LONDON - Andrew Lloyd Webber’s “Stephen Ward” which opened on Thursday in London is a musical with a mission: to clear the name of the high-society osteopath of the title, who was at the centre of the Profumo love affair, spies and call girls scandal that brought down a British government in the 1960s.

The main characters, in real life and the show, are party girl Christine Keeler and her friend Mandy Rice-Davies as the women who cause all the trouble, a vodka-swilling Russian military attaché who was one of Keeler’s lovers, and John Profumo, Britain’s Secretary of State for War, a married man and also one of Keeler’s lovers. When his affair with her came tumbling out, courtesy of the ever vigilant British tabloid press, it was suspected that Profumo in “pillow talk” may have leaked nuclear secrets to Keeler, through her to the Russians and from that stemmed the scandal that brought down the Conservative government.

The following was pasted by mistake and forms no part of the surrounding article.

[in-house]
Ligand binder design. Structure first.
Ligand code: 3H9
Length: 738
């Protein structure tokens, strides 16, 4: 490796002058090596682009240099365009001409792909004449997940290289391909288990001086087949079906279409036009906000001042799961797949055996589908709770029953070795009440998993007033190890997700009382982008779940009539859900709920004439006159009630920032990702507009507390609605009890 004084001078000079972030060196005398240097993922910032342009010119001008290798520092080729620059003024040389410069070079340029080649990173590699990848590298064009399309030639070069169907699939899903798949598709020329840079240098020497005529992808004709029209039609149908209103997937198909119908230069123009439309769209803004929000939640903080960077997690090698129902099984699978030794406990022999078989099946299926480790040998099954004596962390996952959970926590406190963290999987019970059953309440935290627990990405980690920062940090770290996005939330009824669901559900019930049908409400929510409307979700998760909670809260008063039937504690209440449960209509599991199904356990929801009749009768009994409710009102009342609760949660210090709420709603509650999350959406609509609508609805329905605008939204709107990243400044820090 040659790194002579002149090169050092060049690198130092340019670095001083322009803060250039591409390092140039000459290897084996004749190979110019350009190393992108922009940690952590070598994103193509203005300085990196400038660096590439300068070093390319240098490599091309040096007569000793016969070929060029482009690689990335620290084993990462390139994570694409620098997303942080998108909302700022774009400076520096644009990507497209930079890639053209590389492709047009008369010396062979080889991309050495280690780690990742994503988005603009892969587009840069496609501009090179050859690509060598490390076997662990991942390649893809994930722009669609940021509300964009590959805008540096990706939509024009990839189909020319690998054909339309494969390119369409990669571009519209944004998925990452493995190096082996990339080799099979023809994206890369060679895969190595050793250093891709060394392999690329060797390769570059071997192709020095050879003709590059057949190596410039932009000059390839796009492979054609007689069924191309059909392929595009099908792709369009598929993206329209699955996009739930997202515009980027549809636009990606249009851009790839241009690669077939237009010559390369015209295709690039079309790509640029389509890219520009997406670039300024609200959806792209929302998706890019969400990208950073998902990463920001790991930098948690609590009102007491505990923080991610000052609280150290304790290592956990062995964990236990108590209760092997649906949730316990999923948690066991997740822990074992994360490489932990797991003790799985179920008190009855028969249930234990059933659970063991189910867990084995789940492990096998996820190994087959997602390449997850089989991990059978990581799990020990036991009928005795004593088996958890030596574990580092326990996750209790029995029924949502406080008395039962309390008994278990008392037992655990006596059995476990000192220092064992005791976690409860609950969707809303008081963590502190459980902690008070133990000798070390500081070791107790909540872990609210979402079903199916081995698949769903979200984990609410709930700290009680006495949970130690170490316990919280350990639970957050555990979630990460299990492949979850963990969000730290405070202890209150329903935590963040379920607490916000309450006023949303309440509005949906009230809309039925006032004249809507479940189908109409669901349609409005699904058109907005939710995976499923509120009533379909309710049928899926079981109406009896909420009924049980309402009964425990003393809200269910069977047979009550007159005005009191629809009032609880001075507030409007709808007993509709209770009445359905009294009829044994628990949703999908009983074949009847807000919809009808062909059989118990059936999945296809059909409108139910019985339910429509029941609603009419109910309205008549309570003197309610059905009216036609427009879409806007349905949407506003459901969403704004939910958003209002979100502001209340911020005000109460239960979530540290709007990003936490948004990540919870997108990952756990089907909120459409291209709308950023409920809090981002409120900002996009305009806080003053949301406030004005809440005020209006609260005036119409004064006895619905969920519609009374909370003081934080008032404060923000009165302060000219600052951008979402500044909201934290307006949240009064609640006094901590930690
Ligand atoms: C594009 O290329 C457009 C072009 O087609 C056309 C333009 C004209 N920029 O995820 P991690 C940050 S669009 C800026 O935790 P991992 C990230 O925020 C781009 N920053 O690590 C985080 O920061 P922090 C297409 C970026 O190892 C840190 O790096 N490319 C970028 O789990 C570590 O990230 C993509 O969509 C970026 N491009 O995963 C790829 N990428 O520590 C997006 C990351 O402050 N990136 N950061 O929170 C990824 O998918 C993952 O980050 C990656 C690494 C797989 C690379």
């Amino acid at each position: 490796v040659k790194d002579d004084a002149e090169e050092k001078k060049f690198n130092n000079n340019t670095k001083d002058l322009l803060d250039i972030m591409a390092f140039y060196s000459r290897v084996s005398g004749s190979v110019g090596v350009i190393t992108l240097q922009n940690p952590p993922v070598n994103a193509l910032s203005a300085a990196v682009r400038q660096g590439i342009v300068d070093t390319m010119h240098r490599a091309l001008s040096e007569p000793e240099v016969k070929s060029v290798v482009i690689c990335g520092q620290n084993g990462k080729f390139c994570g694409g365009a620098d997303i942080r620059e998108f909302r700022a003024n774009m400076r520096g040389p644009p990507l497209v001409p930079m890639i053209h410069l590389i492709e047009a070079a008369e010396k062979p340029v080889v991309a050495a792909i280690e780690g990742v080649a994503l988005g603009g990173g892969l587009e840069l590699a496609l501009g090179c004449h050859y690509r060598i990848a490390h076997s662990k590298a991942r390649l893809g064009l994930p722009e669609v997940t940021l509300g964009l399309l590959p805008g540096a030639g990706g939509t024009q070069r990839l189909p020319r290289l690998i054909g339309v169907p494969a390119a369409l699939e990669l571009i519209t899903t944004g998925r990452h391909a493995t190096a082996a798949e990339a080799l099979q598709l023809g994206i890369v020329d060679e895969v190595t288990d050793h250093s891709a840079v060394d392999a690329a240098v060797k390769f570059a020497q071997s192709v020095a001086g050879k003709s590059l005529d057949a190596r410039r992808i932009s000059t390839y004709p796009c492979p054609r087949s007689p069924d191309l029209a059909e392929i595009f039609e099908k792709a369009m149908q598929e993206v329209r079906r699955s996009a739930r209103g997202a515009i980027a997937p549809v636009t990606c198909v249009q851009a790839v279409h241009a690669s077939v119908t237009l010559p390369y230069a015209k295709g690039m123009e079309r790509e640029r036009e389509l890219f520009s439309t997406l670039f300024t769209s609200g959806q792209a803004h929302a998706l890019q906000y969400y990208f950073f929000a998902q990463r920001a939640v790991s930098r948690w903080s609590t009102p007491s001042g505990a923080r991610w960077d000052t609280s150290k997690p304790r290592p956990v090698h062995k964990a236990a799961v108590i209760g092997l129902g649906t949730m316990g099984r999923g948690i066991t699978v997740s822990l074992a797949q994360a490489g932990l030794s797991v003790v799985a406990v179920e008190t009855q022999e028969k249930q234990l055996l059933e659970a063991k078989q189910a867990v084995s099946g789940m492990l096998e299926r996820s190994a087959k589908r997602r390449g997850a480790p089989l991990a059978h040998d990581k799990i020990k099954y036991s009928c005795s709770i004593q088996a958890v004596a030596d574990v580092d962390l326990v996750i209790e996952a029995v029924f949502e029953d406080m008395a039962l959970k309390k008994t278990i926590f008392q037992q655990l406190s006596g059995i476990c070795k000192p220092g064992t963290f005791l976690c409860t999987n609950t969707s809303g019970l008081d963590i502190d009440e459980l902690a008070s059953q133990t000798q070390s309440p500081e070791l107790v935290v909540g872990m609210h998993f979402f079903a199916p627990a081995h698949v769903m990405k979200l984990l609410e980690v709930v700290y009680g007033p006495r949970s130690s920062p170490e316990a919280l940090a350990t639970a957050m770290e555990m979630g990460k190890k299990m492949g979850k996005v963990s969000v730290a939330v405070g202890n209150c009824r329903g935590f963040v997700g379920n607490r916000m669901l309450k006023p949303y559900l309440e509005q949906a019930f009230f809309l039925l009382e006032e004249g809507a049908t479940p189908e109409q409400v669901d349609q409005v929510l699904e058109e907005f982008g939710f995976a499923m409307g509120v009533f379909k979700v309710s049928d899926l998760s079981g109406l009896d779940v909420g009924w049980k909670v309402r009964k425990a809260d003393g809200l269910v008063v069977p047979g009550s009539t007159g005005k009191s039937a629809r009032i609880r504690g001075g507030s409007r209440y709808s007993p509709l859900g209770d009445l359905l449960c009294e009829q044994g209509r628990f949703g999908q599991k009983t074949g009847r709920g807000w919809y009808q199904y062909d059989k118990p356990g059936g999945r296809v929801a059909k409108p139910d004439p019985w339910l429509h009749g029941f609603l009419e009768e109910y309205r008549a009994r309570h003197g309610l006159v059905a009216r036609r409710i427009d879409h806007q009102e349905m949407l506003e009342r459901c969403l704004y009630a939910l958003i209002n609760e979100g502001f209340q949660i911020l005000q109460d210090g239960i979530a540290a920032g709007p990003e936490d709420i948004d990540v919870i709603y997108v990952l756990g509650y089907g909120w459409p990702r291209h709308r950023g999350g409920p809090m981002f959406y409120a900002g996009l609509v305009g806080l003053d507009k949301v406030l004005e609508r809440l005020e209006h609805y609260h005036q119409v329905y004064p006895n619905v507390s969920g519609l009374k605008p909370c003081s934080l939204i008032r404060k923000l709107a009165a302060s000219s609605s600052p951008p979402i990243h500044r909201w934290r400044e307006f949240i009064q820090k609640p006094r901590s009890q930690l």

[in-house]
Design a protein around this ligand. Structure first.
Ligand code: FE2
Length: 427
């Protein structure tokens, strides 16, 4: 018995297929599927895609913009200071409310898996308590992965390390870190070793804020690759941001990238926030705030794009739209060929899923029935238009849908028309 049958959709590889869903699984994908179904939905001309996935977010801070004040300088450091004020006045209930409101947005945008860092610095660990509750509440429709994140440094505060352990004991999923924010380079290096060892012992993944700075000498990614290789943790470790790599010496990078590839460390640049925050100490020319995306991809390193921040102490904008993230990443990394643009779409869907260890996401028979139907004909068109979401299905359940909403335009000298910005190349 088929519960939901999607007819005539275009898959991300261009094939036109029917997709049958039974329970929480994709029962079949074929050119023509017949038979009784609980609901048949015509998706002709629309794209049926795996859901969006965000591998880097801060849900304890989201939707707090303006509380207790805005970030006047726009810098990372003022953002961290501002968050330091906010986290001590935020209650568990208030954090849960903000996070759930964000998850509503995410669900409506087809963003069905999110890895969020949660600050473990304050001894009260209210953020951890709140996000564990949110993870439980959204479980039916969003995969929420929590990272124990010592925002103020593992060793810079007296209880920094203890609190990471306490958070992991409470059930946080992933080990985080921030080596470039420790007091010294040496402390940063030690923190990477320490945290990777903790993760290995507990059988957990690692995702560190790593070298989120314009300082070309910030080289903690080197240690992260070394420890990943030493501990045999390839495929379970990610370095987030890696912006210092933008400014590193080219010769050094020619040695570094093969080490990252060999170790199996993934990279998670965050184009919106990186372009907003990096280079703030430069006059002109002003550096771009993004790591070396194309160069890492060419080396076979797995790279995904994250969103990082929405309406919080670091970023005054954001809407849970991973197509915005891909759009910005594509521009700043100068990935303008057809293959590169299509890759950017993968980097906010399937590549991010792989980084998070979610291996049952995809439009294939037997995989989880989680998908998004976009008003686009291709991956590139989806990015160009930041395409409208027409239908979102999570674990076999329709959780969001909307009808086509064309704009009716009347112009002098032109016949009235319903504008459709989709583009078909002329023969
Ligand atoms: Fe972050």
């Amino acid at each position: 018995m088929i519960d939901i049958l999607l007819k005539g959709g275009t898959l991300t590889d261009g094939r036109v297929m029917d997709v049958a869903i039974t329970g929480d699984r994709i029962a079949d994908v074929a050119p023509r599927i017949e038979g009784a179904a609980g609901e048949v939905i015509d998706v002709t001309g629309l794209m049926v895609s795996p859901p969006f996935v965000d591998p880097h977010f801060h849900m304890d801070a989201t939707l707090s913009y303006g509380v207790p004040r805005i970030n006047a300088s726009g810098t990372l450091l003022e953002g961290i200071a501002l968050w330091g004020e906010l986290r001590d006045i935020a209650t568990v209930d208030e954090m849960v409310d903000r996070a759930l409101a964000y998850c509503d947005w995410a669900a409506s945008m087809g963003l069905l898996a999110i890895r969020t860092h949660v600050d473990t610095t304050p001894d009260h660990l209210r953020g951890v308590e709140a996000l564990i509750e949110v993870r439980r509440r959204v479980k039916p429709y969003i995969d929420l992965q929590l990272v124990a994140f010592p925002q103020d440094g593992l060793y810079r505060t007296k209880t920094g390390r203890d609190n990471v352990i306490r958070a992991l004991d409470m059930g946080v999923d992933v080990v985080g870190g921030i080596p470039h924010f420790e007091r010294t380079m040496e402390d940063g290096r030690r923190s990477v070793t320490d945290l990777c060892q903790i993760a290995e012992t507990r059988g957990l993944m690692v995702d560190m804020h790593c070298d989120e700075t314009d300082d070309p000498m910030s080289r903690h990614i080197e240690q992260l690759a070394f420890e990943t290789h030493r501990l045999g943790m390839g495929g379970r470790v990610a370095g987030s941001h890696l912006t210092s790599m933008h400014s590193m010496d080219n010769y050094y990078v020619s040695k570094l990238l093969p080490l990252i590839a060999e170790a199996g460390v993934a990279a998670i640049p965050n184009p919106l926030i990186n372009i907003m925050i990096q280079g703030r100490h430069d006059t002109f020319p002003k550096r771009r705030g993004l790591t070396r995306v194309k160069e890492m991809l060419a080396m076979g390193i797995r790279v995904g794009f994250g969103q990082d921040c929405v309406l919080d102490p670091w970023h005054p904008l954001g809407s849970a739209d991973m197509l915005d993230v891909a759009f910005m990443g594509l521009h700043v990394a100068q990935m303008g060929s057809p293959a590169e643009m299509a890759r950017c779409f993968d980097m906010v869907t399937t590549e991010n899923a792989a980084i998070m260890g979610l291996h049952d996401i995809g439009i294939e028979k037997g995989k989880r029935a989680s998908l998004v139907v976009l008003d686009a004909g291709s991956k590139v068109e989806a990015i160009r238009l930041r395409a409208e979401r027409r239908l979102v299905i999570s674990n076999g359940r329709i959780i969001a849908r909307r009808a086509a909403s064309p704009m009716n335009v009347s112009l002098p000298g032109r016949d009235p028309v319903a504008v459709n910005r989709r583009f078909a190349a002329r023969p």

The affable, Jaguar-driving Ward’s role in all this? He was said to be the procurer and committed suicide with an overdose of sleeping pills after being forced to take the rap by the corrupt British political, judicial and police establishment of the time - or so the musical’s book would have it. From the opening number, “Human Sacrifice”, in which Ward, played by veteran musical and stage performer Alexander Hanson, is shown in a wax museum display alongside historical villains like Hitler, this latest offering from the creator “Evita”, “Cats” and “The Phantom of the Opera” makes it clear that the evening’s entertainment comes with a moral lesson attached. “Get up the nose of the establishment ... step across the line,” Ward sings as he comes alive amid the display of wax dummies, and you, too, could become a “human sacrifice”.